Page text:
Water for streets, but not trees
Believe it or not, Toronto waters its streets more than its trees.
According to officials, 40 million litres of water is used to scrub the asphalt, about 2.5 times more than goes to nurture the trees planted on boulevards and in those godawful concrete boxes on downtown streets.
Transportation Services spokesperson Steve Johnston says the city's "committed to reducing water use in the next couple of years" by phasing out flushing -- that's when trucks outfitted with huge water tanks spray gunk off the side of the road into sewers.
He says there are also plans to pick up leaves and other garbage clogging the curbs using a new fleet of street sweepers. "This will reduce water use by approximately half."
No plan, though, for forestry workers to boost the watering of trees with those honkin' 3,000-litre tank trucks. For now, they're sticking to memorial trees and those in parks and most recently planted on residential streets.
Says urban forestry chief Richard Ubbens , "We're watering, but we're also trying to make use of the fact that many people are out there with their hoses and want their businesses to look good. We want them to help out."
We could save H2O by putting an end to the wasteful spraying of streets altogether. Isn't that what the rain's for? City tap dances on kids' studio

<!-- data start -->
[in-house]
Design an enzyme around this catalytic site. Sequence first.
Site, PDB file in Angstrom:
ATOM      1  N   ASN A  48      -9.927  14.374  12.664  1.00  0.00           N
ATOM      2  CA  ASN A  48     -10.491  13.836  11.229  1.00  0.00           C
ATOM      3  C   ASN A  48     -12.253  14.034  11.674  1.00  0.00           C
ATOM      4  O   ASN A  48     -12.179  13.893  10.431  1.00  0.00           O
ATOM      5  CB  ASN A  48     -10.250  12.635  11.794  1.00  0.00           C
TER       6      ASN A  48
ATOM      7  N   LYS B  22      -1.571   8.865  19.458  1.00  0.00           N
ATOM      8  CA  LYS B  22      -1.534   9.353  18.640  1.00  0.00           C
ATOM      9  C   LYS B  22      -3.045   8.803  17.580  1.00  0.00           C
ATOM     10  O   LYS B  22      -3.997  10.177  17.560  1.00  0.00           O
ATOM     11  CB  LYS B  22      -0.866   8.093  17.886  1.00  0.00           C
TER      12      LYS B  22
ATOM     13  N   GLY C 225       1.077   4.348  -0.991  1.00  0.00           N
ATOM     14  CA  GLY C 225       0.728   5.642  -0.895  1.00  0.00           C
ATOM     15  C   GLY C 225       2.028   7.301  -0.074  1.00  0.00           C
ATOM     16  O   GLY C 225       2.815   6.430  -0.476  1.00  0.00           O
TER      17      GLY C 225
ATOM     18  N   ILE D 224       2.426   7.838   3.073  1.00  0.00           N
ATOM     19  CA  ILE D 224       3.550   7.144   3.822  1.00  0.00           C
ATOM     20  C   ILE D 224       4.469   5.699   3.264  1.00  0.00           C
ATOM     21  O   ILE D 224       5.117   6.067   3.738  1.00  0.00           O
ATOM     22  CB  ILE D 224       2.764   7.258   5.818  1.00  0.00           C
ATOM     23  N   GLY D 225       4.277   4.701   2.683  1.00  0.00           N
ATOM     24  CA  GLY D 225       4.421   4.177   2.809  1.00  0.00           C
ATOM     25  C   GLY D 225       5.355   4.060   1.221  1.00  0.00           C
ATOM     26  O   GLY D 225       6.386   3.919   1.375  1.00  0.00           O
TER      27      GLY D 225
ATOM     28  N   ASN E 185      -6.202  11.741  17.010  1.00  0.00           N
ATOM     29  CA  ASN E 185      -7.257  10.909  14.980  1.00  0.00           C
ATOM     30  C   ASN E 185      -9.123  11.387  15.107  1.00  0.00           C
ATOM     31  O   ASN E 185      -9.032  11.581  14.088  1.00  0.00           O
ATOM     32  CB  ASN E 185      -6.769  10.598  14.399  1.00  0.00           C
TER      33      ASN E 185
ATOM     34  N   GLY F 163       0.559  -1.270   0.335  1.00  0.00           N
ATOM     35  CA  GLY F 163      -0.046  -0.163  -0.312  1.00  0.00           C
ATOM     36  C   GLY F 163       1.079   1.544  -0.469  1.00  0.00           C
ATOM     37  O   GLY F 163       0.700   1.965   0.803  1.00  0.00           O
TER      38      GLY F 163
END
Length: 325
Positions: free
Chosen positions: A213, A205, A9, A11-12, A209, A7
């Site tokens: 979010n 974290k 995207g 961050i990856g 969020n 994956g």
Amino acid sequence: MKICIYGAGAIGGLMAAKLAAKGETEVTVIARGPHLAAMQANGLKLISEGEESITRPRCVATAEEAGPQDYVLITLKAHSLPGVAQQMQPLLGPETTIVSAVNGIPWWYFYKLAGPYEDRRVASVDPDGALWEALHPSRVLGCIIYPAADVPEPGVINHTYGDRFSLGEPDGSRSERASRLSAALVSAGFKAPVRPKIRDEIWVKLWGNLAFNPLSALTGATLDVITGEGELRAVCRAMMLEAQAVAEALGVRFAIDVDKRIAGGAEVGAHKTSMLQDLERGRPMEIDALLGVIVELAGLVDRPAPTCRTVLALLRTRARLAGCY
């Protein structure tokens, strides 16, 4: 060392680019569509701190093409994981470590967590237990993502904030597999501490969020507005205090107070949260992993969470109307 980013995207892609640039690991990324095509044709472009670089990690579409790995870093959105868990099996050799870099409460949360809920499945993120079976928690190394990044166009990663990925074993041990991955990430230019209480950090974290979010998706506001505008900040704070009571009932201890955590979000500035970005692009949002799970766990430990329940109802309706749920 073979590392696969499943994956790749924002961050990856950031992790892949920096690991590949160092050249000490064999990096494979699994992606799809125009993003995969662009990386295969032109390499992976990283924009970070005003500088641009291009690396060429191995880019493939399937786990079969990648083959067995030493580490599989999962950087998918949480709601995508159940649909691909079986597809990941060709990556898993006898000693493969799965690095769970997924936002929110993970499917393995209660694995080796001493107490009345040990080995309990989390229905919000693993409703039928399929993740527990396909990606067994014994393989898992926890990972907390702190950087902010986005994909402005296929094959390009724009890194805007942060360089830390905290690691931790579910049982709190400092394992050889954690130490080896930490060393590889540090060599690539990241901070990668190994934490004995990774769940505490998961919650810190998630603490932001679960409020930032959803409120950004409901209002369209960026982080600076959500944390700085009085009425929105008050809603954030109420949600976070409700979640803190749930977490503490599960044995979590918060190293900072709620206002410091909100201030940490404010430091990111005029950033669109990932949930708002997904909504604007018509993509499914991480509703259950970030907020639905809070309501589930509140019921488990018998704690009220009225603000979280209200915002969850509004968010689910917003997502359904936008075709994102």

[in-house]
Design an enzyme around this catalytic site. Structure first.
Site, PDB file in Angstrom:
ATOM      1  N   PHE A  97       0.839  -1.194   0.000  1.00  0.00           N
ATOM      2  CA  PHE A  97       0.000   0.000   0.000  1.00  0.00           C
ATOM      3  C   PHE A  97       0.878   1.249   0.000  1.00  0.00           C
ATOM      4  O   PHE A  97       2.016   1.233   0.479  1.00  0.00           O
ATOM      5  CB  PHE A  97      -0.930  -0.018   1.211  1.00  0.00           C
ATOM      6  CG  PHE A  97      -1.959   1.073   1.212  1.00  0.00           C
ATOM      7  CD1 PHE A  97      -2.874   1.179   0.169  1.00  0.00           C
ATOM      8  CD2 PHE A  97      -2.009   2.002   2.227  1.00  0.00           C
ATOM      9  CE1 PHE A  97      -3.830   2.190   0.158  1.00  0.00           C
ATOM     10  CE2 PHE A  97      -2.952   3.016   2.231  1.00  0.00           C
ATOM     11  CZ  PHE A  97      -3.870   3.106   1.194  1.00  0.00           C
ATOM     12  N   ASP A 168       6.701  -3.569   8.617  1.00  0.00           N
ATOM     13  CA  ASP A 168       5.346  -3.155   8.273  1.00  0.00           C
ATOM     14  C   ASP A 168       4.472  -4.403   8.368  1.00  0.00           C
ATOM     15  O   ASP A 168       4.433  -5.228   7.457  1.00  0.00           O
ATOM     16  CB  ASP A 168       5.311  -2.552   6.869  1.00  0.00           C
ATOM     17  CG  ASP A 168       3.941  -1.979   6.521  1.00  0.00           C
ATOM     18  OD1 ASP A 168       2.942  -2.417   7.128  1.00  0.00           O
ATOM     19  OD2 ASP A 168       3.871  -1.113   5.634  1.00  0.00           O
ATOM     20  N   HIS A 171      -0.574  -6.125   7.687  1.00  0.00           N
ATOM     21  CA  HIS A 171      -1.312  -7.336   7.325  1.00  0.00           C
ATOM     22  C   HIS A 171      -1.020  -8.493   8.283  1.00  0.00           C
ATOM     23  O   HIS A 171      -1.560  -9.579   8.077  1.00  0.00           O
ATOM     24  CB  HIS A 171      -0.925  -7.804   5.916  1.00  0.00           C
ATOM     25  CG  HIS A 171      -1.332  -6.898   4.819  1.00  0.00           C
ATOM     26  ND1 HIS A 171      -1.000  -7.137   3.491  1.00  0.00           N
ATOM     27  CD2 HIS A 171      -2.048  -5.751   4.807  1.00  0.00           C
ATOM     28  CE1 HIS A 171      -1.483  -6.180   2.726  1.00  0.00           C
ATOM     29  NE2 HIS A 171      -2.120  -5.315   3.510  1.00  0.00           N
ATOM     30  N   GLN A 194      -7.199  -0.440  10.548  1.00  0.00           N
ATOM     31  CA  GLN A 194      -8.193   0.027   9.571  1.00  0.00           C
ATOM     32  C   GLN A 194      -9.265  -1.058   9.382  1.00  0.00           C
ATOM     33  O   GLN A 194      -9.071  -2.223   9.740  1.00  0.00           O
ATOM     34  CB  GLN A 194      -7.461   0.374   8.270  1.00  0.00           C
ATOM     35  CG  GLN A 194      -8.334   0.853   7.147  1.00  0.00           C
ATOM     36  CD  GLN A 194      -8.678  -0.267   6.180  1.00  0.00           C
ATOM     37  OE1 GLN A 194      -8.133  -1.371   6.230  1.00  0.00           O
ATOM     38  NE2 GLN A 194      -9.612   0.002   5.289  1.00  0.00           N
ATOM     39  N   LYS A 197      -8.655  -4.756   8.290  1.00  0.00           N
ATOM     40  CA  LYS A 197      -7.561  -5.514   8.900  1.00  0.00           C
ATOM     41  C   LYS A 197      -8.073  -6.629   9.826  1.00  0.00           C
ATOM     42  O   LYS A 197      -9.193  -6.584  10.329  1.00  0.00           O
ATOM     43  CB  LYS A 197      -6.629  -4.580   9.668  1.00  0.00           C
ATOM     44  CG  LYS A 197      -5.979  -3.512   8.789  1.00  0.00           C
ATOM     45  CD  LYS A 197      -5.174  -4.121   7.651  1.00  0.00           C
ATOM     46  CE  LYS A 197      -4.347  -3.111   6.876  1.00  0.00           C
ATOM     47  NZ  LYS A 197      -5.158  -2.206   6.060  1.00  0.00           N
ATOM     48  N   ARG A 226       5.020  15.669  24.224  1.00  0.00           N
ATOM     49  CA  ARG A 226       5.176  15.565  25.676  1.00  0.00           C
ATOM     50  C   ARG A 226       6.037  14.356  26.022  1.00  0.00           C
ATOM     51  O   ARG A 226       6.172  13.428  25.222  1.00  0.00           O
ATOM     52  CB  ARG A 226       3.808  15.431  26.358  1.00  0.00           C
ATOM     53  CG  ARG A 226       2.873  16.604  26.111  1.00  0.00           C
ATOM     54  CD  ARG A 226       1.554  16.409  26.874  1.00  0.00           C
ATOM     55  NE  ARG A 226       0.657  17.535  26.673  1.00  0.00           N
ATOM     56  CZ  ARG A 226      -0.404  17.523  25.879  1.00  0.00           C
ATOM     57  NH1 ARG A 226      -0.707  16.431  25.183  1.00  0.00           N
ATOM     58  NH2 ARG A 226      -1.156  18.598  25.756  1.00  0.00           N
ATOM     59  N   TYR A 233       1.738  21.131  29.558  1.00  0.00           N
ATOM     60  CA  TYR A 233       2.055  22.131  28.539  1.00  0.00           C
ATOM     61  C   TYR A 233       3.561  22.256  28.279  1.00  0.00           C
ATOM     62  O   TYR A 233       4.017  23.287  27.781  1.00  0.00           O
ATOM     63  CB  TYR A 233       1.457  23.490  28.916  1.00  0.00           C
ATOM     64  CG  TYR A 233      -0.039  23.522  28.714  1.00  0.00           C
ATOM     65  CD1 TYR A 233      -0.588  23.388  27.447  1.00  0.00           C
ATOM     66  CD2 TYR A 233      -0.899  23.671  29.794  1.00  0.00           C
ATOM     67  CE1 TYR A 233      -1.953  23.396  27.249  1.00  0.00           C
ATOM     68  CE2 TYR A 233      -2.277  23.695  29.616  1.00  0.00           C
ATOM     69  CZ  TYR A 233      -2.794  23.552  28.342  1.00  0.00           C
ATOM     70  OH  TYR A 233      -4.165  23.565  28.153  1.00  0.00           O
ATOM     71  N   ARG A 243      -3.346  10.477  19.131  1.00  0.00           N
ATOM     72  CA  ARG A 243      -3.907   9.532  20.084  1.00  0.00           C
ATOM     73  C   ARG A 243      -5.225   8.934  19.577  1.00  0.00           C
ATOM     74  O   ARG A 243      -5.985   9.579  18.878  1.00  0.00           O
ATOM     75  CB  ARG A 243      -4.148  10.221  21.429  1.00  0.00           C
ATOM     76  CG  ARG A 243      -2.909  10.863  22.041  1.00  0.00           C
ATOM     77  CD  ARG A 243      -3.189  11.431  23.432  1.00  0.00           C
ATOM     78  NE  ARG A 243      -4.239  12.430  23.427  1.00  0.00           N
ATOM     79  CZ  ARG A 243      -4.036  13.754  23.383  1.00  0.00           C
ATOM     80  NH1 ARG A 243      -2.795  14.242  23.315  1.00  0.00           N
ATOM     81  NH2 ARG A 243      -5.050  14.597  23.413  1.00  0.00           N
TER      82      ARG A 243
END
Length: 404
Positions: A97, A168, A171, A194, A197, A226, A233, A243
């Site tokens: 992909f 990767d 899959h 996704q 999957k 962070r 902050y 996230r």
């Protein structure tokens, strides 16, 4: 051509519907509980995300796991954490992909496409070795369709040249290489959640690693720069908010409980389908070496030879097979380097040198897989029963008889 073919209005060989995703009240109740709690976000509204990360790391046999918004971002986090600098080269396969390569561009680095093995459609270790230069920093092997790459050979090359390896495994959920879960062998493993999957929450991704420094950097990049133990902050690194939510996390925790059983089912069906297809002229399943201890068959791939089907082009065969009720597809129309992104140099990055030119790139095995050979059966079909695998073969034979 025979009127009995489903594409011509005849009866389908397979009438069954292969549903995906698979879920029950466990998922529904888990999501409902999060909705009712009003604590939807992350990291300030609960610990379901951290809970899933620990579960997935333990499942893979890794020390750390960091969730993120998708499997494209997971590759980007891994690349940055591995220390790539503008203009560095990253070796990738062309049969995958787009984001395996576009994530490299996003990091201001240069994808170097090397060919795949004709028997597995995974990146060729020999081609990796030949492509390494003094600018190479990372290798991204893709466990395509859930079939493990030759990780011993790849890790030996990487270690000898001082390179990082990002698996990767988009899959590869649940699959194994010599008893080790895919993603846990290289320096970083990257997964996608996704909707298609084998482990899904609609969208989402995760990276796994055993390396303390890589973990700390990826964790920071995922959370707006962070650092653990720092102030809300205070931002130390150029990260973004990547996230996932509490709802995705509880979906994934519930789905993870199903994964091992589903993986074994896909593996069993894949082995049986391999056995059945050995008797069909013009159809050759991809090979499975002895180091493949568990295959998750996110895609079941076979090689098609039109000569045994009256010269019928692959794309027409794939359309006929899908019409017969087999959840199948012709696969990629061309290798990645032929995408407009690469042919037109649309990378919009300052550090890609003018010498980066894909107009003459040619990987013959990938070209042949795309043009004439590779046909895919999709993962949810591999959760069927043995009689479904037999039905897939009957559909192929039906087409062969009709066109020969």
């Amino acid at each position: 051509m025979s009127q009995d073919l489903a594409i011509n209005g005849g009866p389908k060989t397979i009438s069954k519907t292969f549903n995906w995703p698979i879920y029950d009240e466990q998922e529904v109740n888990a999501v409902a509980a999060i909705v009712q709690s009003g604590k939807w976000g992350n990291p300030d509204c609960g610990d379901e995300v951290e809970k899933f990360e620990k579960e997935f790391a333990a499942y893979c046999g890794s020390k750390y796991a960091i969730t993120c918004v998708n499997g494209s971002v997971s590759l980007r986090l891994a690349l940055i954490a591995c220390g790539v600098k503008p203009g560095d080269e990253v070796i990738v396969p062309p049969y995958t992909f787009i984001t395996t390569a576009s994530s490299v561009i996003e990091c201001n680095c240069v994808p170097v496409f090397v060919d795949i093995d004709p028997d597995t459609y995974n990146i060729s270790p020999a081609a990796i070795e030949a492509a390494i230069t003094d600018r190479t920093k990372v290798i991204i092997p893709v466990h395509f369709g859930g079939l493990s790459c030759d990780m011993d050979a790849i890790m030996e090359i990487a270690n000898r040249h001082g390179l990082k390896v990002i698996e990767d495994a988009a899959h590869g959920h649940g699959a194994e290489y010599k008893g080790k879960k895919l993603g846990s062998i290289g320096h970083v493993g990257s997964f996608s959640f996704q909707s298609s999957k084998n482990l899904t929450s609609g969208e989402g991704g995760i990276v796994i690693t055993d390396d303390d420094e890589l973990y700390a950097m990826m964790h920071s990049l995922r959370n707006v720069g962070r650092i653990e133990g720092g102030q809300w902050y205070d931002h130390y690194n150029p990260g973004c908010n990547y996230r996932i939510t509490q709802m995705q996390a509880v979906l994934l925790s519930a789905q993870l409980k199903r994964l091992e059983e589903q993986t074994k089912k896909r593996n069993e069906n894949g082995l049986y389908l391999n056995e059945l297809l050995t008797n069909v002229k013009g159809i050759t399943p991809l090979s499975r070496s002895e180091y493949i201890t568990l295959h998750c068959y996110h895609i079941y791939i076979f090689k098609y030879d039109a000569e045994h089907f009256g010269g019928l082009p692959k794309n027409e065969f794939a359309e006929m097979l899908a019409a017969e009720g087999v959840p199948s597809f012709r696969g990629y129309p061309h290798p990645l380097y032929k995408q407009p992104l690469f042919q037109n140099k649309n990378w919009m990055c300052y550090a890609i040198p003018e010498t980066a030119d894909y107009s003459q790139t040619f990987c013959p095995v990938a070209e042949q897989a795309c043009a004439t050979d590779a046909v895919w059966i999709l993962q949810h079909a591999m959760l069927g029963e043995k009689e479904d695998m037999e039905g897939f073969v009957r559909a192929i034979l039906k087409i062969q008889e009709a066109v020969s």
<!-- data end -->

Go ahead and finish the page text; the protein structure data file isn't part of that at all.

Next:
Those crusty neighbours.
A few weeks ago, a resident living near Kimbourne Park United Church in the Coxwell and Danforth area complained to the city that the Pegasus Children's Dance Centre studio, which has been running out of the church for 18 years, was jamming up the neighbourhood with traffic.
Now the city says Pegasus can't operate as a business in a residential zone. "Our whole outlook and goal is to provide a positive environment," says Pegasus fitness manager Briar Munro . "Now we're not welcome in the neighbourhood."
Area Councillor Janet Davis insists Pegasus hasn't been served with a cease and desist order, but that the planning and building departments are simply looking at what kind of zoning variance is needed. In the meantime, Davis says she will address parking issues on the street.
"The church has no parking lot, and as the activities in the church have grown, it's placed greater pressure on a neighbourhood that's already short of parking."
Planning manager Armando Barbini says zoning bylaws for the area, which go back to the early 1950s, are currently under review. Still, the reality is that churches across the city need the funds from community programs to keep their buildings up and running.
Kimbourne's Reverend Michael Cottrell says that both Pegasus and the East End Children's Centre, which runs a parent-child drop-in program there, contribute "what they can afford" to the 77-year-old church's $51,000 annual operating cost.
"If we didn't have a cost-sharing relationship, we would have to leave that part of the building vacant, and then the neighbourhood would have a three-storey vacant building," he says.
Church members, residents and Davis held a public meeting this week to discuss parking problems and a variance that would allow the studio to remain in the church.
The family-run business may have to spread its wings elsewhere. "It's disheatening," says Munro.